One study found that in a recession only half of employees in the United States took all their vacation time in a country where the average vacation is only two weeks. Expecting these employees to provide an exceptional customer service is like asking the cast of Jersey Shore to go one day without making fools of themselves. Fear also leads to something even more damaging to creating a customer- centered culture. Instead, Jobs motivated his team by creating a television ad—not for his customers, but for his employees.

Richard Dreyfus was the actor who voiced the final television ad, but Cook played the version Jobs read in his own voice. The misfits. The rebels.

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The troublemakers. The round pegs in the square holes. The ones who see things differently. You can quote them, disagree with them, glorify or vilify them. They push the human race forward. While some may see them as the crazy ones, we see genius. Because the people who are crazy enough to think they can change the world are the ones who do. Both men loved design and would speak daily about creating products that were simple, elegant, and easy to use.

Ive was invited to say a few words at the memorial celebration. Sometimes they were truly dreadful. But sometimes they took the air from the room and left us both completely silent: He could also be harsh with Ive, but he expected Ive to defend his ideas.

Both men cherished the process and realized that innovation cannot flourish without the open exchange of ideas and feedback. But without fearlessness, the process breaks down. Ive pitched ideas passionately even though he knew there would be a good chance Jobs might cut them down with a curt, harsh rejection.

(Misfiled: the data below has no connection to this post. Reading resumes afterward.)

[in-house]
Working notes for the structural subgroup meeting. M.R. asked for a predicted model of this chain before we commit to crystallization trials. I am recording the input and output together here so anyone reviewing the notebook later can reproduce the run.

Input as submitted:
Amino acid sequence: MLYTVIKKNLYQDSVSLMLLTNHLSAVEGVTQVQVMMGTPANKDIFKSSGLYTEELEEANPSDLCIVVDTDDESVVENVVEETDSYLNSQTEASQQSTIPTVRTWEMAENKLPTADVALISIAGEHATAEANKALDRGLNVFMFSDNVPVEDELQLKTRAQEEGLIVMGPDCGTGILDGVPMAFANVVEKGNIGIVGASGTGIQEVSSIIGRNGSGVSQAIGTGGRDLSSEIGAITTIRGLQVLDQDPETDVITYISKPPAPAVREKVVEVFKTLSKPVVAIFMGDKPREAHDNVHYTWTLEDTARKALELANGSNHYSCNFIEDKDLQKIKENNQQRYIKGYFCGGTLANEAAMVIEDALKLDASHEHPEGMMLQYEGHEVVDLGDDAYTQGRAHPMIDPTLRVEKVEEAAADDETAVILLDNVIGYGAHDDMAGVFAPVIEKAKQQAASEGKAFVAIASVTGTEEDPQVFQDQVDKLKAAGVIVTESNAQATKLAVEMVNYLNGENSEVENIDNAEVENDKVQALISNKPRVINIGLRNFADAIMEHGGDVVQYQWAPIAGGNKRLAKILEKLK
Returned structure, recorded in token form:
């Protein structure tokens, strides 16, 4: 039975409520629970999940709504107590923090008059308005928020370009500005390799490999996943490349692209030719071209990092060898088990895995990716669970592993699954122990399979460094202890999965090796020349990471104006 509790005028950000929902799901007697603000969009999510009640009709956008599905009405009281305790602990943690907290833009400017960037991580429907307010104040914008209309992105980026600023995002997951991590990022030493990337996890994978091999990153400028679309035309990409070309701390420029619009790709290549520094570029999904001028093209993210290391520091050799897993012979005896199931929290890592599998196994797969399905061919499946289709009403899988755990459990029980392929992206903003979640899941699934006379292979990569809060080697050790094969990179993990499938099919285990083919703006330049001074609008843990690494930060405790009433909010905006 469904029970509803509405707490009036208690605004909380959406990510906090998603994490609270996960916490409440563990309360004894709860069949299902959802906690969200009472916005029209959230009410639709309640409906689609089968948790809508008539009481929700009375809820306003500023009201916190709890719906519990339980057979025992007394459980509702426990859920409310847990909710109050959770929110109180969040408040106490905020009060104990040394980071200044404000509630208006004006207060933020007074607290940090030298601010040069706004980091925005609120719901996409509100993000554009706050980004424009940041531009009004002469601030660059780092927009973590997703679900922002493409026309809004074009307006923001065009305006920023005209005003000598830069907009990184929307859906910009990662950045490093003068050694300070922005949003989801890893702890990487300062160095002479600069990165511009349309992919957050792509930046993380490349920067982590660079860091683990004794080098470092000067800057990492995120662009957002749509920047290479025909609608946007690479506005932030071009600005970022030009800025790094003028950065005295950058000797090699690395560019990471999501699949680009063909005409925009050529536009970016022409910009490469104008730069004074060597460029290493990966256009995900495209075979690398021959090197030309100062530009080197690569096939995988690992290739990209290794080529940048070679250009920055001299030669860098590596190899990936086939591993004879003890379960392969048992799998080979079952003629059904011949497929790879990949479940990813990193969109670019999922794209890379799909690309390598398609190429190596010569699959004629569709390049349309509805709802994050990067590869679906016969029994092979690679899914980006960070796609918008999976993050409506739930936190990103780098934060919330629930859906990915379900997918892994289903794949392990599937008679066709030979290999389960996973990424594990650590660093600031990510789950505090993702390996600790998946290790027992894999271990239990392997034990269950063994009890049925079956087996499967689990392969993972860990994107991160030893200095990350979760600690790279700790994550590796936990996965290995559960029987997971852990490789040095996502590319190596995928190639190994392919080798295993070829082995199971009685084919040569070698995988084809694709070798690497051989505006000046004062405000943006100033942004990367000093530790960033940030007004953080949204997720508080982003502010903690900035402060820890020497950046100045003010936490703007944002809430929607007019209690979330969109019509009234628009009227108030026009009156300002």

But he had the confidence to go toe-to-toe with Jobs. Go toe-to-toe with Jobs. Provide Ritz-Carlton customer service. Encourage team interaction. Is the person a know-it-all, or does he or she treat others with respect and even ask for help from time to time?

The goal is not to impress customers with knowledge. The goal is to leave customers feeling special and to enrich their lives. She will confidently make on-the-spot decisions for the good of the customer relationship. A low-trust environment is a recipe for disaster.

Low trust creates hidden agendas, politics, interpersonal conflict, interdepartmental rivalries, win-lose thinking, defensive and protective communication.

Low trust slows everything—every decision, every communication, and every relationship. Managers strive to create a trusting environment where employees feel confident giving and receiving feedback and making their customers feel valued. If you do not practice these behaviors as a leader in your organization, you might want to start.

You will never develop an exceptional customer service strategy without developing trust. Remember the question that hiring managers at Apple ask themselves: Jobs appreciated creative ideas. Isaacson confirms that Jobs allowed, even encouraged, people to challenge him.

Talk Like TED

Although employees could challenge Jobs, he demanded clarity from the conversation. If you are a business person, this book is a must read, as are the other books on Apple by Gallo. Meadows five-star site. For Bulk downloads. Happy readers. John Chancellor site Vine Reviewer. Knight site Review. Mershon site Review. Malo site Review. Tania Ruiz site Review. Lucy site Review. Customer Experience Articles. Apple's Five Steps of Service.In this stage a candidate might be asked questions about her success in a previous job.

Remember the admonition that Steve Jobs left to his employees shortly before his death: I live in a midsized town where few stores are ever really, really busy. Even Apple cofounder Steve Wozniak stood in line at a store in San Jose, California, more than twelve hours before the device went on sale!

It has also served a model—the gold standard—for businesses across a wide variety of categories.

JENINE from Salt Lake City